Different IP network scanning methods allow you to test and effectively identify vulnerable network components. Here is a list of effective network scanning techniques and their applications:
By launching an ICMP ping sweep, you can effectively identify poorly protected hosts (as security conscious administrators filter inbound ICMP messages) and perform a degree of operating-system fingerprinting and reconnaissance by analyzing responses to the ICMP probes.
A SYN port scan is often the most effective type of port scan to launch directly against a target IP network space. SYN scanning is extremely fast, allowing you to scan large networks quickly.
Inverse scanning types (particularly FIN, Xmas, and NULL) take advantage of idiosyncrasies in certain TCP/IP stack implementations. This scanning type isn't effective when scanning large network spaces, although it is useful when testing and investigating the security of specific hosts and small network segments.
Using a combination of vulnerable network components and TCP spoofing, third-party TCP port scans can be effectively launched. Scanning in this fashion has two benefits: hiding the true source of a TCP scan and assessing the filters and levels of trust between hosts. Although time consuming to undertake, third-party scanning is extremely useful when applied correctly.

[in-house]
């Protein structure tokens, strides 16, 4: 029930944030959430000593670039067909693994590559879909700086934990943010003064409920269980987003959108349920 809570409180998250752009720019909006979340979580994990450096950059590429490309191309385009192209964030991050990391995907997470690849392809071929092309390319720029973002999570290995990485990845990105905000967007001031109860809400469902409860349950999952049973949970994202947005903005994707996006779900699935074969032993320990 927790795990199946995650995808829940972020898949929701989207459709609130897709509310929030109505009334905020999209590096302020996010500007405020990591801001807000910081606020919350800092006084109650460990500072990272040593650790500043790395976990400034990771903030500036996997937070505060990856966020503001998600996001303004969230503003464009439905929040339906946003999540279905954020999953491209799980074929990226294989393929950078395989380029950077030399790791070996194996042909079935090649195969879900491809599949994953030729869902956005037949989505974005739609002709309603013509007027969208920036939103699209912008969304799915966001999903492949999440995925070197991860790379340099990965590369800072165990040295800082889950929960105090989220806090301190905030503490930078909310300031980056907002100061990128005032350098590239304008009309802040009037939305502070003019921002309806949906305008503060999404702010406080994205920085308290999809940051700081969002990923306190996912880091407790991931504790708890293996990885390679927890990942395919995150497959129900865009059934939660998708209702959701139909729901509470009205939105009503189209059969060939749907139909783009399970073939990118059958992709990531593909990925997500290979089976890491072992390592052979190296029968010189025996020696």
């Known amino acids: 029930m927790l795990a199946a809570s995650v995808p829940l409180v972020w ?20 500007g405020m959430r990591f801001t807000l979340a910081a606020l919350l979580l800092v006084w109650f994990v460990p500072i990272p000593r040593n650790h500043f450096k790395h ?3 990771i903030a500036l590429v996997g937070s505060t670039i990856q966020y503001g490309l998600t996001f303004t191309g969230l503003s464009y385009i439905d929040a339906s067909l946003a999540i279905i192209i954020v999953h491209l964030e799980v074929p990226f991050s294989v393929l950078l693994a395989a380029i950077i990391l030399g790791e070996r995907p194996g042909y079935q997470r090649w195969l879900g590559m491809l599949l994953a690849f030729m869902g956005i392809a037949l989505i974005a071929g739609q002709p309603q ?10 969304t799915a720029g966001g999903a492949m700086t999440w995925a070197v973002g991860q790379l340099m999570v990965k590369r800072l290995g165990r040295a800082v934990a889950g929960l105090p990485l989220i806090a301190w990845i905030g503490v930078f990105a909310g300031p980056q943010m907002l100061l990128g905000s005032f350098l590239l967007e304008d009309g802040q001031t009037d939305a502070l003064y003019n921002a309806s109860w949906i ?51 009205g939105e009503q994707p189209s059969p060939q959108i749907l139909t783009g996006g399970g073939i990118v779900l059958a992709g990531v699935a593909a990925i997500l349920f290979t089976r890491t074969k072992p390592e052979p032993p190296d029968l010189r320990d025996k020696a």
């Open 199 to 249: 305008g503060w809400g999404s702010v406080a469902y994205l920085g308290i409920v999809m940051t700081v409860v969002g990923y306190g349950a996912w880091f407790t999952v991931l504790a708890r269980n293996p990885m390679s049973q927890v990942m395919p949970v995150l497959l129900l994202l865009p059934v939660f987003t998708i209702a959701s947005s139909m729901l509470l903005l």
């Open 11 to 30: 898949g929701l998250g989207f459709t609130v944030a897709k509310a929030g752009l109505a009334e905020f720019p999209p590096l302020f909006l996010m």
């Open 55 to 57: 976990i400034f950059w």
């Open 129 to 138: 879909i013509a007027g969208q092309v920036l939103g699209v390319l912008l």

Identifying accessible UDP services can be undertaken easily only if ICMP type 3 code 3 (destination port unreachable) messages are allowed back through filtering mechanisms that protect target systems. UDP services can sometimes be used to gather useful data or directly compromise hosts (the DNS, SNMP, TFTP, and BOOTP services in particular).
Intrusion detection systems and other security mechanisms can be rendered ineffective by using multiple spoofed decoy hosts when scanning or by fragmenting probe packets using nmap or fragroute. Filters such as firewalls, routers, and even software (including the Microsoft IPsec filter) can sometimes be bypassed using specific source TCP or UDP ports, source routing, or stateful attacks.